Edinburgh councillors delay decision on banning strip clubs and lap-dancing bars

A decision on whether to ban strip clubs and lap-dancing bars in Edinburgh has been postponed after councillors decided they wanted more legal advice.

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The issue is now expected to be decided in February.

New licensing laws allow local authorities to introduce a licensing system for "sexual entertainment venues" and set the number of such places which can operate in their area –which could be zero.

Stripping and lap dancing are included in the Scottish Government' definition of violence against women

Edinburgh' s Labour group backs a zero limit but there were prolonged discussions ahead of Thursday’s regulatory committee between Labour and the SNP, the senior partners in the city's coalition, before a proposal emerged to delay a decision for further advice.

The coalition proposal circulated before the committee was that a number should be fixed by summer 2022, six months before licensing applications could be submitted.

But at the meeting, Labour group leader Cammy Day proposed the matter should only be delayed until the next meeting in February.

He said: "I and my group support the figure zero and I hope that’s what the committee get to but I would like us to be fully informed of the legal implications of that before we take the decision.”

Fellow Labour councillor Karen Doran said: “I don’t think it’s time to make a decision if we don’t have all the facts in front of us. I fully support zero but I would like to have that clear legal advice to ensure we do have zero.”

Tory councillor Cameron Rose proposed setting a zero figure now. He argued that, in view of recent comments made by councillors on the protection of women, it would be "hypocritical" to do anything other than send a clear message.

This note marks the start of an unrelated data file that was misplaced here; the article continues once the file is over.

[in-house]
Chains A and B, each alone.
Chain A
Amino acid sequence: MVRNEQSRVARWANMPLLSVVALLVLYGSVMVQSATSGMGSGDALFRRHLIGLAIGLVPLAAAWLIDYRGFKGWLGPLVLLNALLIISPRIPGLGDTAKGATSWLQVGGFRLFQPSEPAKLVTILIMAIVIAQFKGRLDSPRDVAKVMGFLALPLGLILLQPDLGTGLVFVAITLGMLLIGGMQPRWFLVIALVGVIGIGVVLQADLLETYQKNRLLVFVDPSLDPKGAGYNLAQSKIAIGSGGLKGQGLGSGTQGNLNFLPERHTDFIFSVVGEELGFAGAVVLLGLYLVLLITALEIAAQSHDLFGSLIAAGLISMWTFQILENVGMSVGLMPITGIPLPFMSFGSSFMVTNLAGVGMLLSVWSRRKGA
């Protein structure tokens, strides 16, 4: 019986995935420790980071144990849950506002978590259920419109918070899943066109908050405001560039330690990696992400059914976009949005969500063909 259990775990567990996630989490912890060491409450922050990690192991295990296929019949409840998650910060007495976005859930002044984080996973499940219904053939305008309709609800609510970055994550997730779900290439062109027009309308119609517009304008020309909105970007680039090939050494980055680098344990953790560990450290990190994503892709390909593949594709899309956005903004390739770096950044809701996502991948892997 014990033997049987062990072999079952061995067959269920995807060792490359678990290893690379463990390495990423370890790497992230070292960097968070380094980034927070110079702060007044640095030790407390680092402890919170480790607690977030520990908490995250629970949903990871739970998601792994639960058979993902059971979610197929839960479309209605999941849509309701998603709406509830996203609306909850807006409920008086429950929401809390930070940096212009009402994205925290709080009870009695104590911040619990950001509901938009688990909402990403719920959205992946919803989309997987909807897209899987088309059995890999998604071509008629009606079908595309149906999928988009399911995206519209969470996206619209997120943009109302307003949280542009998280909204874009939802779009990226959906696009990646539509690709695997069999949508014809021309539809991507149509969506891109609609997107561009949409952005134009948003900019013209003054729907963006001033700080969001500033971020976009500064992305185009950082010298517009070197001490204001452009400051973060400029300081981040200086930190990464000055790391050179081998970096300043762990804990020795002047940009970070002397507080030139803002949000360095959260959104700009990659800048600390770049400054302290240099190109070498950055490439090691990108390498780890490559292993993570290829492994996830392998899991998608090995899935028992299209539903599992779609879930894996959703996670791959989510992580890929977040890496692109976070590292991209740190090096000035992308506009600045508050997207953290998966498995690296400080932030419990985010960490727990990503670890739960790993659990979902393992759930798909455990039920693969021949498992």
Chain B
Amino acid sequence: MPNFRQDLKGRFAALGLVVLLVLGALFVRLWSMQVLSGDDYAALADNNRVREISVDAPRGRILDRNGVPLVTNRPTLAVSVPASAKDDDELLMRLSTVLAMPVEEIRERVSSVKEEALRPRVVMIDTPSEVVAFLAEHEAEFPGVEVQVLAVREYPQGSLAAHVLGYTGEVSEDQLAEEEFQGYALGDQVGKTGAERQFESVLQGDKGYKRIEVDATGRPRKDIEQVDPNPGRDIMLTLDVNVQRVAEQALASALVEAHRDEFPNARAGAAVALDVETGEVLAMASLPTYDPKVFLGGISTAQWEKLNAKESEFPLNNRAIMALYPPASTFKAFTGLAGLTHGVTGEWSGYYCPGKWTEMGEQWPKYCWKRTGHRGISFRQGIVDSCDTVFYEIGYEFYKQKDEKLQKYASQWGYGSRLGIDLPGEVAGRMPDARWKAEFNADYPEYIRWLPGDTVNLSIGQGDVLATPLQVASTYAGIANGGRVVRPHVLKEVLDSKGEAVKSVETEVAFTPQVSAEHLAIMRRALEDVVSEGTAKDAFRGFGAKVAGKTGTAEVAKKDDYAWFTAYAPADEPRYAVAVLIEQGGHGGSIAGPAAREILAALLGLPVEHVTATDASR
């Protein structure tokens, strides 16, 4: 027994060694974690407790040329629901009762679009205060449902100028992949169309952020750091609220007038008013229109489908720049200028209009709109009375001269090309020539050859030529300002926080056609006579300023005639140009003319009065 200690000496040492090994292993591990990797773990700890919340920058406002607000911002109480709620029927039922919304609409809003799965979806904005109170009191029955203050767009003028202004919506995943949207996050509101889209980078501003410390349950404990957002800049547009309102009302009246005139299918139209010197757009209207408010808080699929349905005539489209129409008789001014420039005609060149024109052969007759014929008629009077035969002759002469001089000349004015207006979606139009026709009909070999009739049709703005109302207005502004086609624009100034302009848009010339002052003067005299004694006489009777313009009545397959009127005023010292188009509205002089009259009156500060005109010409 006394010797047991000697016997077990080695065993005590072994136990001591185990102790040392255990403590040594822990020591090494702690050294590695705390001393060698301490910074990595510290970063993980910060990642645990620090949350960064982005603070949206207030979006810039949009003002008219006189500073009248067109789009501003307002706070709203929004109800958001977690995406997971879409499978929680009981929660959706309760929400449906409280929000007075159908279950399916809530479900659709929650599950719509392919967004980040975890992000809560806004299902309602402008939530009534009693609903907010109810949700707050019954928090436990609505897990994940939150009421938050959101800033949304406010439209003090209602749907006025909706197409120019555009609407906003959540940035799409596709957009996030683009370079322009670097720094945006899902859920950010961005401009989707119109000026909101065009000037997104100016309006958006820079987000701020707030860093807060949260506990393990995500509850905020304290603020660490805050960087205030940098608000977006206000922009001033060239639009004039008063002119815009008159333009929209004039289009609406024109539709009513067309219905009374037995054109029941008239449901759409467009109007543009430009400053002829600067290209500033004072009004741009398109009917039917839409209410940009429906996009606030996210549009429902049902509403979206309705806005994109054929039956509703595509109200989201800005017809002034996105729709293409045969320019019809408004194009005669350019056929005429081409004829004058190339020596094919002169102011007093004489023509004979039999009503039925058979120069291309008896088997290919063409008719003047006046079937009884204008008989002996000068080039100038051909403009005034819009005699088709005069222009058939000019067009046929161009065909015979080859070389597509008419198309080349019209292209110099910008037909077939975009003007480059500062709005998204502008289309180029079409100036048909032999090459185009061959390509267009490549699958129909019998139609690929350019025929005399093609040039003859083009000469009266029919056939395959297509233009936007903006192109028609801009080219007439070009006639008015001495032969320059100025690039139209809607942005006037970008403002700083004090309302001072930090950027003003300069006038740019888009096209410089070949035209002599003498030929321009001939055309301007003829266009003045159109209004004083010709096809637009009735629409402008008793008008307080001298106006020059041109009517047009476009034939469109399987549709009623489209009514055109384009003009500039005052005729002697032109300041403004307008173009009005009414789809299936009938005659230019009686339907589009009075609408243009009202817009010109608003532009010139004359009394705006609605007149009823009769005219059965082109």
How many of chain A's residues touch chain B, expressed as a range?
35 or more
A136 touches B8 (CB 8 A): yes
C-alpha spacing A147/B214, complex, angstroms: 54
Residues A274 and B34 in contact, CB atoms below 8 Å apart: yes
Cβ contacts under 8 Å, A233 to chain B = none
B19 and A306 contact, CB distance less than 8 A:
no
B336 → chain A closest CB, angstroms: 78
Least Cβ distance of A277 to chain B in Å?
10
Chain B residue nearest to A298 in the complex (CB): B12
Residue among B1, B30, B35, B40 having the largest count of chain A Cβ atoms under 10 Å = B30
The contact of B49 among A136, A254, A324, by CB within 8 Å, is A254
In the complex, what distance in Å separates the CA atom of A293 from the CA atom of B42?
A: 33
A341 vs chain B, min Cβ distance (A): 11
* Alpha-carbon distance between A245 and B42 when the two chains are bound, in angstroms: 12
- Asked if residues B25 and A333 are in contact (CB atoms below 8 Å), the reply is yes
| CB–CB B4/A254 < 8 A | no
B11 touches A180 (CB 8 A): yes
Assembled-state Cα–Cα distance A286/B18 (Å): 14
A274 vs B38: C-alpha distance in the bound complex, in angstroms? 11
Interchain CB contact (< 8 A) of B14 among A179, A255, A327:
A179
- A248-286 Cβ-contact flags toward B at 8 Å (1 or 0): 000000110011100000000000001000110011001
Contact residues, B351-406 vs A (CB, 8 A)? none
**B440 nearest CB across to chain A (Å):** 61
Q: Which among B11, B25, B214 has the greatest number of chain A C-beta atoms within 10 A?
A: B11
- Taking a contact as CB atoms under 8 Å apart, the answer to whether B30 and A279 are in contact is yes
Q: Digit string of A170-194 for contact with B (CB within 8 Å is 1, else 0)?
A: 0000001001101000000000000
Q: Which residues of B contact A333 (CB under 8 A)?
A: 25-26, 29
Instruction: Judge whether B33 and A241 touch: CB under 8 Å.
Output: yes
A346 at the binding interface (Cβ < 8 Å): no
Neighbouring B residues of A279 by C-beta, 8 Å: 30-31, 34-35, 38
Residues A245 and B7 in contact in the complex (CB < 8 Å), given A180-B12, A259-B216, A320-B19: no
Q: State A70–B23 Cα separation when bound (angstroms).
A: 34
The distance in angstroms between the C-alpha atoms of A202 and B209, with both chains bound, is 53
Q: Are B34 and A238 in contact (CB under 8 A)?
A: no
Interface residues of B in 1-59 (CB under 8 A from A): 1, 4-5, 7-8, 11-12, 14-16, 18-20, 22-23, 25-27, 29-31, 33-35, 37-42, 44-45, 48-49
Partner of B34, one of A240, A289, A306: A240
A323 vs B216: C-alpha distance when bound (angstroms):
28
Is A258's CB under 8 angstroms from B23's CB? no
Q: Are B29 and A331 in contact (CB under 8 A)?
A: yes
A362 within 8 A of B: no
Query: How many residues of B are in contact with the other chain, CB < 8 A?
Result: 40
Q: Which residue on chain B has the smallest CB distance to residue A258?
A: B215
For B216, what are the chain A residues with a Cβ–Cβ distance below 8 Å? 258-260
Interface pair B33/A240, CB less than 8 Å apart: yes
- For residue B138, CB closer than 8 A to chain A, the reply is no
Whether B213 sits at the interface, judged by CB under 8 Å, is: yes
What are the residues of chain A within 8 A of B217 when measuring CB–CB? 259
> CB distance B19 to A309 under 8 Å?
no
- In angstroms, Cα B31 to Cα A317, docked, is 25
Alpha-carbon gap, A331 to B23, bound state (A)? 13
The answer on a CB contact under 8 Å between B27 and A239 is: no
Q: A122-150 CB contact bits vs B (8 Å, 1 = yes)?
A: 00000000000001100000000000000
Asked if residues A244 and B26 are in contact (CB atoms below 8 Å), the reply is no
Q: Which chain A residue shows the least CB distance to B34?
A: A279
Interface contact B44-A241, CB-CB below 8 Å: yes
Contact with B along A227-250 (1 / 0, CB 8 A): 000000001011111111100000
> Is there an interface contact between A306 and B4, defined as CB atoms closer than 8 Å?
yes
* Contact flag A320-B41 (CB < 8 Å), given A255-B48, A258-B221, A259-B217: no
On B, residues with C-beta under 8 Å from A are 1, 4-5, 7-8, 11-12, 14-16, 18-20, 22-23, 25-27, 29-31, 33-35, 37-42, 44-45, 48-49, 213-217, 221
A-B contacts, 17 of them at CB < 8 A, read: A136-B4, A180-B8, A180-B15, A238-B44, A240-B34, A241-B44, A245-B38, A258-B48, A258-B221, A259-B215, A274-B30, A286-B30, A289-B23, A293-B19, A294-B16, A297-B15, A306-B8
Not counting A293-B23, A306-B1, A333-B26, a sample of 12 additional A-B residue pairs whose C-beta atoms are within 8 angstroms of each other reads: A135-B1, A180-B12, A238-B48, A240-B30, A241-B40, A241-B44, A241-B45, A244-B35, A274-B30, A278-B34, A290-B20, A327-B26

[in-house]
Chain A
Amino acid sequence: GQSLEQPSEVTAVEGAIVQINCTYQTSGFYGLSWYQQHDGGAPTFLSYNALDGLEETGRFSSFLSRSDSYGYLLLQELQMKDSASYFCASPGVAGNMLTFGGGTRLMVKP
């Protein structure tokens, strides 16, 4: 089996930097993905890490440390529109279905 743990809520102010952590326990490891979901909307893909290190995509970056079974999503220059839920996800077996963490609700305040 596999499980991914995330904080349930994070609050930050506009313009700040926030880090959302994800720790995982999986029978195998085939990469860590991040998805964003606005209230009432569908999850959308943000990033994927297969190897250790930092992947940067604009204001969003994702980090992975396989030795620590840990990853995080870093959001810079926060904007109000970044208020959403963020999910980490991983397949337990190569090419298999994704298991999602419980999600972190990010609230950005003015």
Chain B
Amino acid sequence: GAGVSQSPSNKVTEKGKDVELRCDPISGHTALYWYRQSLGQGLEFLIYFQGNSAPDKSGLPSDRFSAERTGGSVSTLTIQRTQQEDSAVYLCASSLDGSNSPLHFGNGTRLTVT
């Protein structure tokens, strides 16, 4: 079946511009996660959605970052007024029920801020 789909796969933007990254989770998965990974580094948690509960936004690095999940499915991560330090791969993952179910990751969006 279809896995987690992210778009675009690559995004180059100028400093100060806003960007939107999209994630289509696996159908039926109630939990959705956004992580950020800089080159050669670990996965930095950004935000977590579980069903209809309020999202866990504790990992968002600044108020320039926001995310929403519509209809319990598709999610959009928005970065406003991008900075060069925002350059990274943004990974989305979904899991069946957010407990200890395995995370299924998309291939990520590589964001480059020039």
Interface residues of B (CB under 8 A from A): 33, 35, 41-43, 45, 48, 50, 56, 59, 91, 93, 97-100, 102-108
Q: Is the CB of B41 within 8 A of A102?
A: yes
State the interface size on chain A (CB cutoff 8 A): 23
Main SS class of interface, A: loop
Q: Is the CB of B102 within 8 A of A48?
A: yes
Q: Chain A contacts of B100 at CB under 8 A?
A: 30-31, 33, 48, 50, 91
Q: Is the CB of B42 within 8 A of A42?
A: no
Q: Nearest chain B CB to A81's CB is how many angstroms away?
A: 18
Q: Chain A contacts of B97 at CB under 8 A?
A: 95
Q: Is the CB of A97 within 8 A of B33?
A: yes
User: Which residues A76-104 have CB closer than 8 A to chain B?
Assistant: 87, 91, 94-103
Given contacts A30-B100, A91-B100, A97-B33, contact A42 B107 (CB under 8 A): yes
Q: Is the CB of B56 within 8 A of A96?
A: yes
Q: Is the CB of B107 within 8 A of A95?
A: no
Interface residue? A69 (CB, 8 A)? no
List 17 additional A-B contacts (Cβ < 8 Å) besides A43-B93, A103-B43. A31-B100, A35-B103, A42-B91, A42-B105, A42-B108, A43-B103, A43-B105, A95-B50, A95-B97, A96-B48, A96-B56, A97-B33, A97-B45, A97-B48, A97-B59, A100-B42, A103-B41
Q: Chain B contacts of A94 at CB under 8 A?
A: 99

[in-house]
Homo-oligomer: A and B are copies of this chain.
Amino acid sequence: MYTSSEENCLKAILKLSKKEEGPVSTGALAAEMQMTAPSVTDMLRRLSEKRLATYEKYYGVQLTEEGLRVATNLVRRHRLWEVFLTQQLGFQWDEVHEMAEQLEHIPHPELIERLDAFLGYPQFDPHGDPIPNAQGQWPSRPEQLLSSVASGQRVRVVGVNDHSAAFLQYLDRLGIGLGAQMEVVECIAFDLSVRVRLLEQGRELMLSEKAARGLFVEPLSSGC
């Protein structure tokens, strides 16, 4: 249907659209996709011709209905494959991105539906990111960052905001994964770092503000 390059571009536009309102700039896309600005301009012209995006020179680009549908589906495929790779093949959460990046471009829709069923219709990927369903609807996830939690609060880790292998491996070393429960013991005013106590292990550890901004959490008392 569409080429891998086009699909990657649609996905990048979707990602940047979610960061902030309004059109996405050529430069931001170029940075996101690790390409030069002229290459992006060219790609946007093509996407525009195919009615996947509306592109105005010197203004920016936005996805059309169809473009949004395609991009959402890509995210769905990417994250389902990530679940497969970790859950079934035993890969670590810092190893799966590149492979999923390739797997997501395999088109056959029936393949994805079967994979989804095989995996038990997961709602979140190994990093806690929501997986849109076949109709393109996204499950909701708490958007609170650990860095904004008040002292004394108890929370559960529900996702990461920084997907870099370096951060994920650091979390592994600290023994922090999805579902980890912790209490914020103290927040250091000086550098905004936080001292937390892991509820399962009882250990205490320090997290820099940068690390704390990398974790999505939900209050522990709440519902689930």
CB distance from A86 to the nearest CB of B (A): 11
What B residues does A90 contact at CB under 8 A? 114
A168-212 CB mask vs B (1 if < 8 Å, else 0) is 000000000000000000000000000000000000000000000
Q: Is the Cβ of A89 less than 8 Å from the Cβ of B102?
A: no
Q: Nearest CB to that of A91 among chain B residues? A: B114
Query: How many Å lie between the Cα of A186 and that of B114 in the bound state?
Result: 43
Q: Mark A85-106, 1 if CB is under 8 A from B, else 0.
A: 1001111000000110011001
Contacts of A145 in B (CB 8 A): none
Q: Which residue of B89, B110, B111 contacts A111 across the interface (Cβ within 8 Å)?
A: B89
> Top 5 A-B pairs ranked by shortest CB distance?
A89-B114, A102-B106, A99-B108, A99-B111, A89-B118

He said: "I do not think it's appropriate to endorse the objectification of women with public policy."

And he accused the administration of trying to kick the decision into the long grass.

SNP councillor Denis Dixon said public opinion on the issue was divided. “This is not an easy issue at all. I think we need more information.”

Committee convener, SNP councillor Cathy Fullerton, accepted Cllr Day’s proposal of a delay until February.

She said: “This is an important issue. If we’re being told there is a need for further advice I think it would be prudent to have a further report in order to ensure we all have fullest information on the legal implications before taking a final decision on the numbers.”

Earlier, Linda Rodgers of Equally Safe (Edinburgh), urged the committee to set a zero limit, pointing out the Scottish Government strategy for eradicating violence against women included stripping and lap-dancing in its definition of violence.

She said: “If in Scotland we are saying commercial sexual exploitation is violence against women we cannot in all conscience continue to provide an avenue for this violence to be enacted without redress or penalty, as we do in the current situation, nor can we provide a licensed avenue.”

After the meeting, councillor Day said: "The Labour group, under my leadership, are 100 per cent against having sexual entertainment venues in a modern capital city like Edinburgh.

"We heard from Equally Safe that there should be zero. That's the Labour group's position and it's one we will defend in the coalition "We will still be pushing for the city to have zero SEVs."

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